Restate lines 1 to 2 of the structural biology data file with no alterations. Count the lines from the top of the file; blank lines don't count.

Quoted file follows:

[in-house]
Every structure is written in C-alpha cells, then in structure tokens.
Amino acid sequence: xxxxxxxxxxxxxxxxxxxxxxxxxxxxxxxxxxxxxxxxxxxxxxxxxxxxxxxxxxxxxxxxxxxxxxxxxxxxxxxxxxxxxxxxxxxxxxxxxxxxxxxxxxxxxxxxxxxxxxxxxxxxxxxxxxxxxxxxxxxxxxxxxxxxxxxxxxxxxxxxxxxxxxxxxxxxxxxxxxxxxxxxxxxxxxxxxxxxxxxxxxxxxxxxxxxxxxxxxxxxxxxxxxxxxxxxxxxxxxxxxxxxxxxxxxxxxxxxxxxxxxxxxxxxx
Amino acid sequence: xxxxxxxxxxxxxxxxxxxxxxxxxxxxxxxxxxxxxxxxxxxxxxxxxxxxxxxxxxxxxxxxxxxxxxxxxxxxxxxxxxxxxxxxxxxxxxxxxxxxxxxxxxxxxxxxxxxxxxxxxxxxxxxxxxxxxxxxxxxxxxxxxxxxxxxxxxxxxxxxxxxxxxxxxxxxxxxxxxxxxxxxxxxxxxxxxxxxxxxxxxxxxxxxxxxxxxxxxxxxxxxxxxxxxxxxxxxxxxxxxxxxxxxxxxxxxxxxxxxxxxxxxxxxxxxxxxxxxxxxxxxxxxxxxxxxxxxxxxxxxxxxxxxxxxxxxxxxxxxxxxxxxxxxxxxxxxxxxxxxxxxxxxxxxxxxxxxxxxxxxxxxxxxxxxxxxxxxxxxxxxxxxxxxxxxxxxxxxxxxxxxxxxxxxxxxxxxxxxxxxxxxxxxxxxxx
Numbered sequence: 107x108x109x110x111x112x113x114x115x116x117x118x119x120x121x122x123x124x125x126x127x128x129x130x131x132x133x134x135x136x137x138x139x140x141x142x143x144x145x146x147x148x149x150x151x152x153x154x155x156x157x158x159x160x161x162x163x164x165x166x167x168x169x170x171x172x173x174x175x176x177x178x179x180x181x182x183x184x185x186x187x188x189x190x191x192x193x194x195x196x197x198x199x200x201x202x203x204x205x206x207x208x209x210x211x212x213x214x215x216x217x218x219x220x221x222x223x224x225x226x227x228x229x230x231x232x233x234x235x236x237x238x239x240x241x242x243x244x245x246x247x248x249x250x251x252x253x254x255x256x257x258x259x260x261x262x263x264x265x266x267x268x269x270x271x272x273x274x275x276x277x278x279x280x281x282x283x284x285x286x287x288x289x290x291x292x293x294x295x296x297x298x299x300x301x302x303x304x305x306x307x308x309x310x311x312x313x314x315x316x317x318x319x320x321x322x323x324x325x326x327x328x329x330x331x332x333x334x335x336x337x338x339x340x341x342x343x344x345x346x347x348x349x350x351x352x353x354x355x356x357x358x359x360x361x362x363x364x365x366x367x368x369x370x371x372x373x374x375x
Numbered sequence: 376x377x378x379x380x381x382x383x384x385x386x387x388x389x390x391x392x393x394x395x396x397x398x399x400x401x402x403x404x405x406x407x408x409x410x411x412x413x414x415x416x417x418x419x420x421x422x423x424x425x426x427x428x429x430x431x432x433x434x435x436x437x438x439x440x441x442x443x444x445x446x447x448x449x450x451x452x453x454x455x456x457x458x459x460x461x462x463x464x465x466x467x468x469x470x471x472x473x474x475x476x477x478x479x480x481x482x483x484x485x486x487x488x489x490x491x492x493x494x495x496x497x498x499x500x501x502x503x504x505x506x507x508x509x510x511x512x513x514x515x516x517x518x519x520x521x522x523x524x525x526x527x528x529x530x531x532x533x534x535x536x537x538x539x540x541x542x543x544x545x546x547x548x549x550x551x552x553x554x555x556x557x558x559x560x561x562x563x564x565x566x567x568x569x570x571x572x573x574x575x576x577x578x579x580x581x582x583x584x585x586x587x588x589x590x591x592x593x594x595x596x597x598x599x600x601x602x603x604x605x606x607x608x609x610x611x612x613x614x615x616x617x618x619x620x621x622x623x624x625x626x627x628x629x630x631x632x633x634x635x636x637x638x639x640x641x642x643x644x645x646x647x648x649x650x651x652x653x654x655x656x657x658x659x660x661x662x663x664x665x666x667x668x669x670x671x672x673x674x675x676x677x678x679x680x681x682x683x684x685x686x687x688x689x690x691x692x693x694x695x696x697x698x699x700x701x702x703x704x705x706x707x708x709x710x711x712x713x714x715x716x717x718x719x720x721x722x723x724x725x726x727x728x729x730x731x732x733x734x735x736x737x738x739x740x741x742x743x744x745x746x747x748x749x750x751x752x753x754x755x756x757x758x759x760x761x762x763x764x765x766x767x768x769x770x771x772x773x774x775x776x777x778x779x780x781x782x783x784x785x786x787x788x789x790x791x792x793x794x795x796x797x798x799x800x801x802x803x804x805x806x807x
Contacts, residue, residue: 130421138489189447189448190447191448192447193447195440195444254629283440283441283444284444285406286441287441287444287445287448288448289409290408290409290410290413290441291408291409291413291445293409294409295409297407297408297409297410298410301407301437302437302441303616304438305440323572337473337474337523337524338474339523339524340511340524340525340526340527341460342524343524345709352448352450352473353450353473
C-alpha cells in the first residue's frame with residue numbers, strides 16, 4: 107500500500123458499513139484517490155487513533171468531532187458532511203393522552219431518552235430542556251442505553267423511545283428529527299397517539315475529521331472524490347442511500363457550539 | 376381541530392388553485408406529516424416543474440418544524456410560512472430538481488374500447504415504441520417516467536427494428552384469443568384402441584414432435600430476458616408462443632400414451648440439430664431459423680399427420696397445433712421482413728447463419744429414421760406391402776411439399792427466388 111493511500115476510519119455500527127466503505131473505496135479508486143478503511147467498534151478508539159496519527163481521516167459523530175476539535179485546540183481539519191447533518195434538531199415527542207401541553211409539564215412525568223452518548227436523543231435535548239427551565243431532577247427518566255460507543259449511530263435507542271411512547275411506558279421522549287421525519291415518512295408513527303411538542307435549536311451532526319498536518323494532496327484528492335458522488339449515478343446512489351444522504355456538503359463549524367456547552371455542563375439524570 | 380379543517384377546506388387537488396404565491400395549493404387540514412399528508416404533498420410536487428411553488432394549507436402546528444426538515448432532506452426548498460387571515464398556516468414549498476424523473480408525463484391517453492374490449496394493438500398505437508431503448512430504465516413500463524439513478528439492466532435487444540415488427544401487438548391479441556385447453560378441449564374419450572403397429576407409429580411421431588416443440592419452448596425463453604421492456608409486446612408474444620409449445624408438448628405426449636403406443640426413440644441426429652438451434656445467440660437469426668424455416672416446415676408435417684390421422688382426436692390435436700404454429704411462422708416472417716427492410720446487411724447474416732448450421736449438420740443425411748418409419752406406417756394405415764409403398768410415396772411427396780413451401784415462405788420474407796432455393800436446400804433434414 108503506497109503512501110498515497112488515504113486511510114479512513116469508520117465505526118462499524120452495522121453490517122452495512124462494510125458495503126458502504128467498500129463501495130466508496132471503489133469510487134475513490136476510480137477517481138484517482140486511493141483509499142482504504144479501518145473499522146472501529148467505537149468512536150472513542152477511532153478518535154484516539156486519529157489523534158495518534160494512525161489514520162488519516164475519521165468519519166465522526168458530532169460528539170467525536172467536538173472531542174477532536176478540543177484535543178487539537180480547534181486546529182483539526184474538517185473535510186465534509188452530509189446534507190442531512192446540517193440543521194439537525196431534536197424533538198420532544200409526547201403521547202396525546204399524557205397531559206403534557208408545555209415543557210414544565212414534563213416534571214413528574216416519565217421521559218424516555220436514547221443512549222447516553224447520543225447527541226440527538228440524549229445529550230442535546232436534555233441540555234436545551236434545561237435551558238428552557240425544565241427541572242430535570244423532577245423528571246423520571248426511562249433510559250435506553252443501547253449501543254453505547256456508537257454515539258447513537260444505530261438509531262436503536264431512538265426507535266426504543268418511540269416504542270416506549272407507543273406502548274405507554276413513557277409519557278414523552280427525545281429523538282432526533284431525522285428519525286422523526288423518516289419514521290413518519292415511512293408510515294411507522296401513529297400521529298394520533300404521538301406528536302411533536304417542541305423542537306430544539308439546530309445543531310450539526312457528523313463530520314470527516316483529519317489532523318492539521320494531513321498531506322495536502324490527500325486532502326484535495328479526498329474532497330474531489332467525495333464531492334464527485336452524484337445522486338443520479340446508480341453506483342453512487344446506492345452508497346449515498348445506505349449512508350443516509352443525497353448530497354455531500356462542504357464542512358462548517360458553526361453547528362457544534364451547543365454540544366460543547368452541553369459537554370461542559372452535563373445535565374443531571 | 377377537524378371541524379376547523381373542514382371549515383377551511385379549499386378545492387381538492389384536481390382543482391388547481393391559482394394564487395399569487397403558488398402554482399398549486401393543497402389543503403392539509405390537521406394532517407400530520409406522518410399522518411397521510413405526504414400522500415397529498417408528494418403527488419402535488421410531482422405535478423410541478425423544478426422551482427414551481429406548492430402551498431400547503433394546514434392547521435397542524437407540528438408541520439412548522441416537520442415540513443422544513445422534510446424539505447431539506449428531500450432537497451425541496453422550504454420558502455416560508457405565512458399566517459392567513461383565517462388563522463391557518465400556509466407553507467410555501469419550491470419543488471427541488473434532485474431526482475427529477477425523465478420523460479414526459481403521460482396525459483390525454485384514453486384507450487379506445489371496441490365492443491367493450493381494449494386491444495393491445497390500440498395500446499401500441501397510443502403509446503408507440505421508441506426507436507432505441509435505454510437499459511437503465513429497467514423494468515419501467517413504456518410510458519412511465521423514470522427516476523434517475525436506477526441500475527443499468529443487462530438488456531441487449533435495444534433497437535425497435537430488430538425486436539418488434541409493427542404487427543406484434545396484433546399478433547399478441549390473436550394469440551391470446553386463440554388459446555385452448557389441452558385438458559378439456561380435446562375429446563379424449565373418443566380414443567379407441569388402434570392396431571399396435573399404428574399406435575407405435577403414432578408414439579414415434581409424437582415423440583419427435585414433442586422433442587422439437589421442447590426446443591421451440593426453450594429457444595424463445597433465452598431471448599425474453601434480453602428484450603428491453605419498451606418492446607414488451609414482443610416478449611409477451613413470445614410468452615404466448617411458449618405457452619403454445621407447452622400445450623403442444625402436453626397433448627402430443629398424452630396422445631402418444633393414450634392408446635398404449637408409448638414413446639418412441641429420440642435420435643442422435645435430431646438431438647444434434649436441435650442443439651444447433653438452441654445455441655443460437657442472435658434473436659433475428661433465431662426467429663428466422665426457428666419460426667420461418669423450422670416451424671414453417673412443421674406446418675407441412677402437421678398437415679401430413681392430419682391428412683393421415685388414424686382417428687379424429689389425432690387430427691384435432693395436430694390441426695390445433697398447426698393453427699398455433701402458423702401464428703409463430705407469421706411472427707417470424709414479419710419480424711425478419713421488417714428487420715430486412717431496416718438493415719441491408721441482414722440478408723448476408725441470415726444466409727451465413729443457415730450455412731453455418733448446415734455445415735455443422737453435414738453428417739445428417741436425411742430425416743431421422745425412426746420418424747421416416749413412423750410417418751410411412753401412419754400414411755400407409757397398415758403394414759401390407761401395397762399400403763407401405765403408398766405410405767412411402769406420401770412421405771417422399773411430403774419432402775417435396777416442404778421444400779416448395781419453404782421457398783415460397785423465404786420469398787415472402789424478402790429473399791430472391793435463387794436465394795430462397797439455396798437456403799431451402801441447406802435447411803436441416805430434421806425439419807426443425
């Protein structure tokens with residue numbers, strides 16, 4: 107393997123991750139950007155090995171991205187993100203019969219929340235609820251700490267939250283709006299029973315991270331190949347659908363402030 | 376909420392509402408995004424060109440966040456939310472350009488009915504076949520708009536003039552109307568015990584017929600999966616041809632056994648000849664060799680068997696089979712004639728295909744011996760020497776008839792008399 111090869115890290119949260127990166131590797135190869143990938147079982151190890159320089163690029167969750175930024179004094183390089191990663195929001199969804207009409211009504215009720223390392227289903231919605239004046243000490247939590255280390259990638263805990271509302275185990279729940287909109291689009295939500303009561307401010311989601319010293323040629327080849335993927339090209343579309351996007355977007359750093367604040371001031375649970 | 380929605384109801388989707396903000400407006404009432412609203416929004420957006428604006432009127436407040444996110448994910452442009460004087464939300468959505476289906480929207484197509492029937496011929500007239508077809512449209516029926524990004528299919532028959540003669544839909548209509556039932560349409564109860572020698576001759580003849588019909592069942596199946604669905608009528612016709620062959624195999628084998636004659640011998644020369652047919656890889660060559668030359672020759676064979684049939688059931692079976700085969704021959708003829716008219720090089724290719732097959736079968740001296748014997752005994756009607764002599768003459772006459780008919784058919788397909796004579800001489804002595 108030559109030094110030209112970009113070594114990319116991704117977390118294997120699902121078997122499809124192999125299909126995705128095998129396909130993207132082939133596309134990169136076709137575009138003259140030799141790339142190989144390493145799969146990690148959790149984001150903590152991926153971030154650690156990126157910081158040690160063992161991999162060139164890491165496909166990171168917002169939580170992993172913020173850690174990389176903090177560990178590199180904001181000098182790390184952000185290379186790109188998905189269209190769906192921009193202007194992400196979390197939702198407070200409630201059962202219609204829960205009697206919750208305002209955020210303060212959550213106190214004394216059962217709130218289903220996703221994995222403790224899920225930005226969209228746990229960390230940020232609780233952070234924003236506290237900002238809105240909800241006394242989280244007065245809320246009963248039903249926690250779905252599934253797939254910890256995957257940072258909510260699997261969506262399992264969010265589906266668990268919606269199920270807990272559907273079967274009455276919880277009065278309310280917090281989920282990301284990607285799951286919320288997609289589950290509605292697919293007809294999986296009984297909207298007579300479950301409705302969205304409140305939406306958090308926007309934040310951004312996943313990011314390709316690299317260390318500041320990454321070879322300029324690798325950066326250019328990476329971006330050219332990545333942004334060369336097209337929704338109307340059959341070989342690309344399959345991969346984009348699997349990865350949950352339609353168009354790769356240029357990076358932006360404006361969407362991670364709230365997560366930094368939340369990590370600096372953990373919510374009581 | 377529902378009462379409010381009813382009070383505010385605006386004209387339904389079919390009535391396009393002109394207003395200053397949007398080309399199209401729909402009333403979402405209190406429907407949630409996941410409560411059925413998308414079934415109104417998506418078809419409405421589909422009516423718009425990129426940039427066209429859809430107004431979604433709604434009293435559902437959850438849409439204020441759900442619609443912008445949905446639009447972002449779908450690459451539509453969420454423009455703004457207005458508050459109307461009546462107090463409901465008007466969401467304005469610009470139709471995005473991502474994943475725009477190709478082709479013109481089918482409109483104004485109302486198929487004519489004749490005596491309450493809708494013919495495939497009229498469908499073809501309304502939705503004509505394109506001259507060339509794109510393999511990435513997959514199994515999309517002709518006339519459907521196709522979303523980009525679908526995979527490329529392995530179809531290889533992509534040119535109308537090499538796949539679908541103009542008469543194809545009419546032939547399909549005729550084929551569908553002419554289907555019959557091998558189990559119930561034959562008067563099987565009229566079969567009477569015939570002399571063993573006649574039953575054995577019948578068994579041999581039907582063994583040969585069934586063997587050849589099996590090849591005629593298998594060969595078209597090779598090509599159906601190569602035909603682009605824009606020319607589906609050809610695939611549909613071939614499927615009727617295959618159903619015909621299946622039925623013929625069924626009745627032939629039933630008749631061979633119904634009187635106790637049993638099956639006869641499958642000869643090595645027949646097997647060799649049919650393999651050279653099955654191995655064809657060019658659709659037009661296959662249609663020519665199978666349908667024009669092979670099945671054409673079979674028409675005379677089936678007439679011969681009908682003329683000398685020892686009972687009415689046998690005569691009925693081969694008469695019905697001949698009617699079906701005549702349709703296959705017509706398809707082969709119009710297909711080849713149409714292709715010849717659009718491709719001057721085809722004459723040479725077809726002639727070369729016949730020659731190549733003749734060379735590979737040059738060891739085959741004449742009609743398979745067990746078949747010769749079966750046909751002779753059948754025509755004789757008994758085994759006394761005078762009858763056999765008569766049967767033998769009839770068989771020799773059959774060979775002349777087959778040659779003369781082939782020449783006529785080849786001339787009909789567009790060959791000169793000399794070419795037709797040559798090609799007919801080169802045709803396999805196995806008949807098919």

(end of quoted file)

[in-house]
Every structure is written in C-alpha cells, then in structure tokens.